A party seeking summary judgment on the grounds that the nonmoving party cannot prove its case bears the initial burden of informing the trial court of the basis for the motion and of identifying those portions of the record that demonstrate the absence of a genuine issue of material fact on the essential elements of the nonmoving party's claim. Dresher v. Burt, 75 Ohio St.3d 280, 1996-Ohio-107. Accordingly, the moving party must specifically point to some evidence of the type listed in Civ.R. 56(C) which affirmatively demonstrates that the nonmoving party has no evidence to support the nonmoving party's claim. Id. If the moving party satisfies its initial burden under Civ.R. 56(C), the nonmoving party has the reciprocal burden to respond, by affidavit or as otherwise provided in the rule, so as to demonstrate that there is a genuine issue of fact. Id. However, if the nonmoving party fails to do so, then the trial court may enter summary judgment against that party. Id.

In appellant's first assignment of error, appellant argues that the trial court erred by deeming his admissions admitted. We disagree.

Appellant's answers and objections to appellee's request for admissions were signed by appellant's attorney, but appellant did not verify the accuracy of these responses by affidavit. However, under the Civil Rules, averments made by counsel in a pleading are binding upon a party. Badalamenti v. Kirkland (Nov. 29, 1991), 1991 Ohio App. LEXIS 5709, at 9, citing Civ.R. 8(D). Appellant's answers and objections were operative, even though he did not verify the accuracy of his responses. Id. at 9.

Further, appellant provided a general objection to appellee's sixth request for admission. That request stated, "Master Realty and William Godale are in privity at all times relevant to the case at bar." A general objection to a request for admission amounts to an admission. St. Paul Fire & Marine Ins. Co. v. Battle (1975), 44 Ohio App.2d 261. Accordingly, that statement is deemed admitted.

Therefore, appellant's answers and objections, as signed by his attorney, were operative. The trial court did not err when deeming appellant's objection to appellees' sixth request for admission as an admission. Appellant's first assignment of error is, therefore, without merit.

In appellant's second and third assignments of error, he contends the trial court erred by granting summary judgment in favor of appellees. We disagree.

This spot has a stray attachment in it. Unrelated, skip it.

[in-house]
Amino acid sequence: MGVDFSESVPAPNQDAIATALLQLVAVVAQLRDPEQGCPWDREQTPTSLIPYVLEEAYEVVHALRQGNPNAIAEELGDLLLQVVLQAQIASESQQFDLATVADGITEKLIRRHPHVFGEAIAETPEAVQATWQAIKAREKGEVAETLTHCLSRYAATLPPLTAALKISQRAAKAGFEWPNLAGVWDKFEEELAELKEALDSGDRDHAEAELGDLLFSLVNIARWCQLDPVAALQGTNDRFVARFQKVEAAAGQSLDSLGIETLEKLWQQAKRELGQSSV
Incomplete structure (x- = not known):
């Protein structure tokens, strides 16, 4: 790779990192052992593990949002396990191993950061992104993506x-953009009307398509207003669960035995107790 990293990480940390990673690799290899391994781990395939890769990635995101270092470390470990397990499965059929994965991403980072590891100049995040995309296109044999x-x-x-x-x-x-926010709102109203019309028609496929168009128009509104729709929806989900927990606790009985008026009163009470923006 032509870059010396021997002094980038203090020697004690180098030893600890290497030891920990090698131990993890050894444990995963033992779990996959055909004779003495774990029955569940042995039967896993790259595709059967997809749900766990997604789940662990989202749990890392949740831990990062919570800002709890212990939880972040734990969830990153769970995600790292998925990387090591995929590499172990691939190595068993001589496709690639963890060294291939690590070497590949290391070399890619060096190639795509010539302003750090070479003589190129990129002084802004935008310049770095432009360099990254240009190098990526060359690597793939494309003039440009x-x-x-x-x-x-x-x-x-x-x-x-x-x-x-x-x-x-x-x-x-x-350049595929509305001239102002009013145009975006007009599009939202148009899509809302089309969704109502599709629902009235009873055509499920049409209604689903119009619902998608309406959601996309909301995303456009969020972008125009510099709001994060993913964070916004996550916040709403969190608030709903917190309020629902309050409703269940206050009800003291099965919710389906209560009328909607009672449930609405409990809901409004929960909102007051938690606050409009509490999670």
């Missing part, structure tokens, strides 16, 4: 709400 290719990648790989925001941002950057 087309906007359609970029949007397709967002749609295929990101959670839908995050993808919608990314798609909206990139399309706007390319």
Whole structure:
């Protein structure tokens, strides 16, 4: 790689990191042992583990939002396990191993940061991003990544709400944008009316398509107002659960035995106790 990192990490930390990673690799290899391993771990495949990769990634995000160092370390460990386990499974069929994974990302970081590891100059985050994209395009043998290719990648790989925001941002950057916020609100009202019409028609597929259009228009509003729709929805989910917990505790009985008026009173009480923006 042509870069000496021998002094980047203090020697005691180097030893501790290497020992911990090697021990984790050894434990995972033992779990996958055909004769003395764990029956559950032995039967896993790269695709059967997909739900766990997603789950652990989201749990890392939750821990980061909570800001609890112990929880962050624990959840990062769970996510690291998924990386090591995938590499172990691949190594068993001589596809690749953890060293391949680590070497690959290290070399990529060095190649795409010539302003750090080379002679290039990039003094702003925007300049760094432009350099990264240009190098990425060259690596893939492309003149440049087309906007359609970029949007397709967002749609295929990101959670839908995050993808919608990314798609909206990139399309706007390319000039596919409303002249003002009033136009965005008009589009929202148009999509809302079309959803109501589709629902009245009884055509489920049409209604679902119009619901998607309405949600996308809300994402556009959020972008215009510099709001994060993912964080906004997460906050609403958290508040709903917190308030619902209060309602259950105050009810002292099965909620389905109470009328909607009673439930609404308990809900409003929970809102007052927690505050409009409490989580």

The seminal case discussing res judicata is Norwood v. McDonald (1943), 142 Ohio St. 299. "To determine whether a second action is based upon the same cause of action as that litigated in the former action claimed to be a bar to the second action under the doctrine of res judicata, the primary tests are the identity of investitive facts creating the right of action in each case; the identity of the evidence necessary to sustain each action; and the accrual of the alleged rights of action at the same time." Id. at paragraph four of the syllabus.

"In recent years, the court has not limited the application of the doctrine of res judicata to bar only those subsequent actions involving the same legal theory of recovery as a previous action." Grava v. Parkman Twp. (1995), 73 Ohio St.3d 379, 382. "It has long been the law of Ohio that `an existing final judgment or decree between the parties to litigation is conclusive as to all claims which were or might have been litigated in a first lawsuit[.]" (Emphasis sic.) Natl. Amusements, Inc. v. Springdale (1990), 53 Ohio St.3d 60, 62, quoting Rogers v. Whitehall (1986), 25 Ohio St.3d 67, 69. Moreover, according to the Supreme Court of Ohio, the doctrine of res judicata requires a plaintiff to present every ground for relief in the first action, or be forever barred from asserting it. Natl. Amusements, Inc. at 62.

The Supreme Court of Ohio stated, "[t]oday, we expressly adhere to the modern application of the doctrine of res judicata *** and hold that a valid, final judgment rendered upon the merits bars all subsequent action based upon any claim arising out of the transaction or occurrence that was the subject matter of the previous action." (Emphasis added.) Grava at 382.

However, to invoke res judicata, one of the requirements is that the parties to the subsequent action must be identical to or in privity with those in the former action. Johnson's Island, Inc. v. Danbury Twp. Bd. of Trustees (1982), 69 Ohio St.2d 241, 243. In Kirkhart v. Keiper, 101 Ohio St.3d 377, 2004-Ohio-1496, the Supreme Court of Ohio stated, "[w]e have previously stated that `what constitutes privity in the context of res judicata is somewhat amorphous.'" Id. at 8, quoting Brown v. Dayton (2000), 89 Ohio St.3d 245, 248. "We have applied a broad definition to determine whether the relationship between the parties is close enough to invoke the doctrine." Kirkhart at 8. "Thus, `a mutuality of interest, including an identity of desired result' may create privity." Id. at 8, quoting Brown.